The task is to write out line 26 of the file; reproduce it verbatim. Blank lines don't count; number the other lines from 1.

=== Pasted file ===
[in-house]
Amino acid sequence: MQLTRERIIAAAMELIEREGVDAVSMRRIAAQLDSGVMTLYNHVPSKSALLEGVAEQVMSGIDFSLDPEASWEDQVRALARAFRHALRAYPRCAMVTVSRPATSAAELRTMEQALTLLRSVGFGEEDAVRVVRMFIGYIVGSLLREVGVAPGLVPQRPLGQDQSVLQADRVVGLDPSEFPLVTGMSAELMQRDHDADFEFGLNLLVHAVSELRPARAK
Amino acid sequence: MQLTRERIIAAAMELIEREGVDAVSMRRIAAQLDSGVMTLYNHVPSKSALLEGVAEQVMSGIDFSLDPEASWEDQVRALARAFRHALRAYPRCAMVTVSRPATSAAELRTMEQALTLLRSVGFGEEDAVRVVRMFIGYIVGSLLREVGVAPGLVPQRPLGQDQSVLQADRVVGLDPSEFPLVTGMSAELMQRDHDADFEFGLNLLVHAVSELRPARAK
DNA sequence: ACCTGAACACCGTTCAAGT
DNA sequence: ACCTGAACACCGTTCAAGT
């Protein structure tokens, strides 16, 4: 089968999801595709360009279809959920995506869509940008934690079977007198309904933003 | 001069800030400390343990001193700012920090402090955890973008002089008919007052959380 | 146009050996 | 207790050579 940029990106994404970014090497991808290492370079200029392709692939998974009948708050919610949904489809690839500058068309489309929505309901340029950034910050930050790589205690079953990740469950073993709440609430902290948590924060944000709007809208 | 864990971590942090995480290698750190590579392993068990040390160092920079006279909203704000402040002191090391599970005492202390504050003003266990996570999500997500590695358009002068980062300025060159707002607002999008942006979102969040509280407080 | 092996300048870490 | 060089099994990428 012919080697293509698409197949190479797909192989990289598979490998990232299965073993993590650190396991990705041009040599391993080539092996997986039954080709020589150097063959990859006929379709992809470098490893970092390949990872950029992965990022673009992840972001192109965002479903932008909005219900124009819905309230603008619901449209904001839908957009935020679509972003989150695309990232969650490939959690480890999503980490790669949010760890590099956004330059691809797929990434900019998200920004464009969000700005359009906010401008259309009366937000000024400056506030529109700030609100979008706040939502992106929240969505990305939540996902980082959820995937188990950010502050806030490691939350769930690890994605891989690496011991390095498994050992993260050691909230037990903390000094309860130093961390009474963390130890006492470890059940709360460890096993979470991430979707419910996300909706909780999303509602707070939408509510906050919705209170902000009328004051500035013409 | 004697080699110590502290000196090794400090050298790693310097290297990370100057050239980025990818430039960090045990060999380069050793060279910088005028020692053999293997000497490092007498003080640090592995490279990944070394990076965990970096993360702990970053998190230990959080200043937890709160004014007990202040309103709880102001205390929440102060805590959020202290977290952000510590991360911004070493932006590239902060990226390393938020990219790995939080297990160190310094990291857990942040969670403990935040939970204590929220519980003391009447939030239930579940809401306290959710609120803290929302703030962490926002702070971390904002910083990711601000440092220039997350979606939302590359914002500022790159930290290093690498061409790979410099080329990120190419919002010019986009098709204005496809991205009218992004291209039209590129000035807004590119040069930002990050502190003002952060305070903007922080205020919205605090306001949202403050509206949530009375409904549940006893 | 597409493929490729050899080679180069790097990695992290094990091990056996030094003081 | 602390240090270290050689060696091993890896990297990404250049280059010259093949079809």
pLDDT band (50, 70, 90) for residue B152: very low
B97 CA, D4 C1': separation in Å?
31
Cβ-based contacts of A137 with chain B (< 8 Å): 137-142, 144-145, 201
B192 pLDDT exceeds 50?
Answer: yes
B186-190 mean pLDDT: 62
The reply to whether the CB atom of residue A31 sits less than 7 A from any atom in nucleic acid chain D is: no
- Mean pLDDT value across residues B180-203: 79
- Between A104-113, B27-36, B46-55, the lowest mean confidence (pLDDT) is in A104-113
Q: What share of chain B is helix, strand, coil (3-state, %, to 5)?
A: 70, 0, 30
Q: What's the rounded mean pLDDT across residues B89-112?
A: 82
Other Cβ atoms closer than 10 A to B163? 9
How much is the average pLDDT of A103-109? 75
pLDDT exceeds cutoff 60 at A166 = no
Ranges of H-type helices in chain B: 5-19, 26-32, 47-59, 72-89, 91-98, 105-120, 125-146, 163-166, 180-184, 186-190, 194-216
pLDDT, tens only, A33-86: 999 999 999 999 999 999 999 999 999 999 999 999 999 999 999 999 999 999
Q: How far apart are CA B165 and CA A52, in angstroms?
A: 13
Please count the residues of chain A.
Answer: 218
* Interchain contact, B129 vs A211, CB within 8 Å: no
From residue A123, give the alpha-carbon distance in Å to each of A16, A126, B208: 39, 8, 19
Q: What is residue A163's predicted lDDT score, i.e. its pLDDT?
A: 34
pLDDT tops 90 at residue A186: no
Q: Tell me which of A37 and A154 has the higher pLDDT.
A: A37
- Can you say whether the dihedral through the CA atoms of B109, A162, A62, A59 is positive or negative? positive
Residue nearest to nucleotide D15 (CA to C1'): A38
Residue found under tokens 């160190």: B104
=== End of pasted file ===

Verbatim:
Q: How far apart are CA B165 and CA A52, in angstroms?